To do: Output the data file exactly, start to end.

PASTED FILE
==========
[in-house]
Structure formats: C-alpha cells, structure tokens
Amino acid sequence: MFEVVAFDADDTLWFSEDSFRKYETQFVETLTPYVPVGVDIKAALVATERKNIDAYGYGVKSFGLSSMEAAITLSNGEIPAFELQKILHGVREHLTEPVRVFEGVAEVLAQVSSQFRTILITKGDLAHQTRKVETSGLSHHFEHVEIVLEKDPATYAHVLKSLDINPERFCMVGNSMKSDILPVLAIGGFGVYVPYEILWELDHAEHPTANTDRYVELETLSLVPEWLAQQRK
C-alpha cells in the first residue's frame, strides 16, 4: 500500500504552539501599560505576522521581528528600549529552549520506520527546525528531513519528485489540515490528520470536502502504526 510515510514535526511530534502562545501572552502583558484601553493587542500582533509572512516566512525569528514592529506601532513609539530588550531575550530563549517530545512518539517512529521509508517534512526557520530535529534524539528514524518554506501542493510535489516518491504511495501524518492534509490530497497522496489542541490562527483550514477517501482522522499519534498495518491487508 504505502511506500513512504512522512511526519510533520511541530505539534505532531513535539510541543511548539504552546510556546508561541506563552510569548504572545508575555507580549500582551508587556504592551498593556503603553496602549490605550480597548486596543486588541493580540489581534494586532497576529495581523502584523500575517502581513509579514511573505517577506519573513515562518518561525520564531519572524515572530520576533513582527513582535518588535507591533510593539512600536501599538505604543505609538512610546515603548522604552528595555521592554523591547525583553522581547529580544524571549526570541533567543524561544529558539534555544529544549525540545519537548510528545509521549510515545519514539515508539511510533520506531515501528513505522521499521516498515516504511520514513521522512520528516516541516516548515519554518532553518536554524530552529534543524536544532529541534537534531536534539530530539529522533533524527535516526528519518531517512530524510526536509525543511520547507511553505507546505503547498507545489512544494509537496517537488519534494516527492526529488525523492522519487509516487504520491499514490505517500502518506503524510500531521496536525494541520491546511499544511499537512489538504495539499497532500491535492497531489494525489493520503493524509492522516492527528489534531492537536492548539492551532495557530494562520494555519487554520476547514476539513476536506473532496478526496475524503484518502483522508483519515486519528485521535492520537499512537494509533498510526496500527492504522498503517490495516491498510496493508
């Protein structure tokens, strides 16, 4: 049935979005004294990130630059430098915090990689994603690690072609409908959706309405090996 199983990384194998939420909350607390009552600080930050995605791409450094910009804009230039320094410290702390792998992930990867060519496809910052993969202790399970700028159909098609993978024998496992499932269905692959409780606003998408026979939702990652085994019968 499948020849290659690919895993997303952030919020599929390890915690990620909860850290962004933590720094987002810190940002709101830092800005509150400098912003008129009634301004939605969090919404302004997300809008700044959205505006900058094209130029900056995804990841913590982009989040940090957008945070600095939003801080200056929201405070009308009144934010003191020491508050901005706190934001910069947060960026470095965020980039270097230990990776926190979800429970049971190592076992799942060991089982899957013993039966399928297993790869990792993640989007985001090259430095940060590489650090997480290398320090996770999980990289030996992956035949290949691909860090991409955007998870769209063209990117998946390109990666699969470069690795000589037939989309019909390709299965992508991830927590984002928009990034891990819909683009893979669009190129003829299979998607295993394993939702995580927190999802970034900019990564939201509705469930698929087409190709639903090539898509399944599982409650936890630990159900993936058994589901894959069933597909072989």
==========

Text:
[in-house]
Structure formats: C-alpha cells, structure tokens
Amino acid sequence: MFEVVAFDADDTLWFSEDSFRKYETQFVETLTPYVPVGVDIKAALVATERKNIDAYGYGVKSFGLSSMEAAITLSNGEIPAFELQKILHGVREHLTEPVRVFEGVAEVLAQVSSQFRTILITKGDLAHQTRKVETSGLSHHFEHVEIVLEKDPATYAHVLKSLDINPERFCMVGNSMKSDILPVLAIGGFGVYVPYEILWELDHAEHPTANTDRYVELETLSLVPEWLAQQRK
C-alpha cells in the first residue's frame, strides 16, 4: 500500500504552539501599560505576522521581528528600549529552549520506520527546525528531513519528485489540515490528520470536502502504526 510515510514535526511530534502562545501572552502583558484601553493587542500582533509572512516566512525569528514592529506601532513609539530588550531575550530563549517530545512518539517512529521509508517534512526557520530535529534524539528514524518554506501542493510535489516518491504511495501524518492534509490530497497522496489542541490562527483550514477517501482522522499519534498495518491487508 504505502511506500513512504512522512511526519510533520511541530505539534505532531513535539510541543511548539504552546510556546508561541506563552510569548504572545508575555507580549500582551508587556504592551498593556503603553496602549490605550480597548486596543486588541493580540489581534494586532497576529495581523502584523500575517502581513509579514511573505517577506519573513515562518518561525520564531519572524515572530520576533513582527513582535518588535507591533510593539512600536501599538505604543505609538512610546515603548522604552528595555521592554523591547525583553522581547529580544524571549526570541533567543524561544529558539534555544529544549525540545519537548510528545509521549510515545519514539515508539511510533520506531515501528513505522521499521516498515516504511520514513521522512520528516516541516516548515519554518532553518536554524530552529534543524536544532529541534537534531536534539530530539529522533533524527535516526528519518531517512530524510526536509525543511520547507511553505507546505503547498507545489512544494509537496517537488519534494516527492526529488525523492522519487509516487504520491499514490505517500502518506503524510500531521496536525494541520491546511499544511499537512489538504495539499497532500491535492497531489494525489493520503493524509492522516492527528489534531492537536492548539492551532495557530494562520494555519487554520476547514476539513476536506473532496478526496475524503484518502483522508483519515486519528485521535492520537499512537494509533498510526496500527492504522498503517490495516491498510496493508
């Protein structure tokens, strides 16, 4: 049935979005004294990130630059430098915090990689994603690690072609409908959706309405090996 199983990384194998939420909350607390009552600080930050995605791409450094910009804009230039320094410290702390792998992930990867060519496809910052993969202790399970700028159909098609993978024998496992499932269905692959409780606003998408026979939702990652085994019968 499948020849290659690919895993997303952030919020599929390890915690990620909860850290962004933590720094987002810190940002709101830092800005509150400098912003008129009634301004939605969090919404302004997300809008700044959205505006900058094209130029900056995804990841913590982009989040940090957008945070600095939003801080200056929201405070009308009144934010003191020491508050901005706190934001910069947060960026470095965020980039270097230990990776926190979800429970049971190592076992799942060991089982899957013993039966399928297993790869990792993640989007985001090259430095940060590489650090997480290398320090996770999980990289030996992956035949290949691909860090991409955007998870769209063209990117998946390109990666699969470069690795000589037939989309019909390709299965992508991830927590984002928009990034891990819909683009893979669009190129003829299979998607295993394993939702995580927190999802970034900019990564939201509705469930698929087409190709639903090539898509399944599982409650936890630990159900993936058994589901894959069933597909072989």